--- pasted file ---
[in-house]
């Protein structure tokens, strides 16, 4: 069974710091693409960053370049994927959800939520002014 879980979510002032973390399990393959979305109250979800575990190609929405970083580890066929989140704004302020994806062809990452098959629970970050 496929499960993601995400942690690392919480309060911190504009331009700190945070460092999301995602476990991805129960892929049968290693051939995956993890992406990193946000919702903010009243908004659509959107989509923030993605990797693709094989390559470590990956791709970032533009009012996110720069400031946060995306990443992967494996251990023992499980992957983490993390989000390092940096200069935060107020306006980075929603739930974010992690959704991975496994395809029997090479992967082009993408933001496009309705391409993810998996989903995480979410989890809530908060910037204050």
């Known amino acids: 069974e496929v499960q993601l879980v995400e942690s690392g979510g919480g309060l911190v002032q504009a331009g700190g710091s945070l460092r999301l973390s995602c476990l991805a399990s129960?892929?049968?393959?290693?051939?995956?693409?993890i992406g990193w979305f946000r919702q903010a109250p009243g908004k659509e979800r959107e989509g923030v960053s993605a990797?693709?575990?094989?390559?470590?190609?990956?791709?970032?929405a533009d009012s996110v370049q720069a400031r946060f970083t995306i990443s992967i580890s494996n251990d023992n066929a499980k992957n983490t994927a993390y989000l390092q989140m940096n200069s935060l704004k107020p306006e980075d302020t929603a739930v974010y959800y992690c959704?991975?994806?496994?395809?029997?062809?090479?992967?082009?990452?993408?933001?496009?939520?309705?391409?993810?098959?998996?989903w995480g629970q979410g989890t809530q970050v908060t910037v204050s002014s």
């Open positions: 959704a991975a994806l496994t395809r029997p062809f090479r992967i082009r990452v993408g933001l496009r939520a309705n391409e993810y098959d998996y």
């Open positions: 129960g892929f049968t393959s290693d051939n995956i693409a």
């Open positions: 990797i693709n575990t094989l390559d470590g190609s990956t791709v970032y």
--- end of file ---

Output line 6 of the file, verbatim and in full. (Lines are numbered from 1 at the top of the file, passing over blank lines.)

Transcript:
């Open positions: 990797i693709n575990t094989l390559d470590g190609s990956t791709v970032y």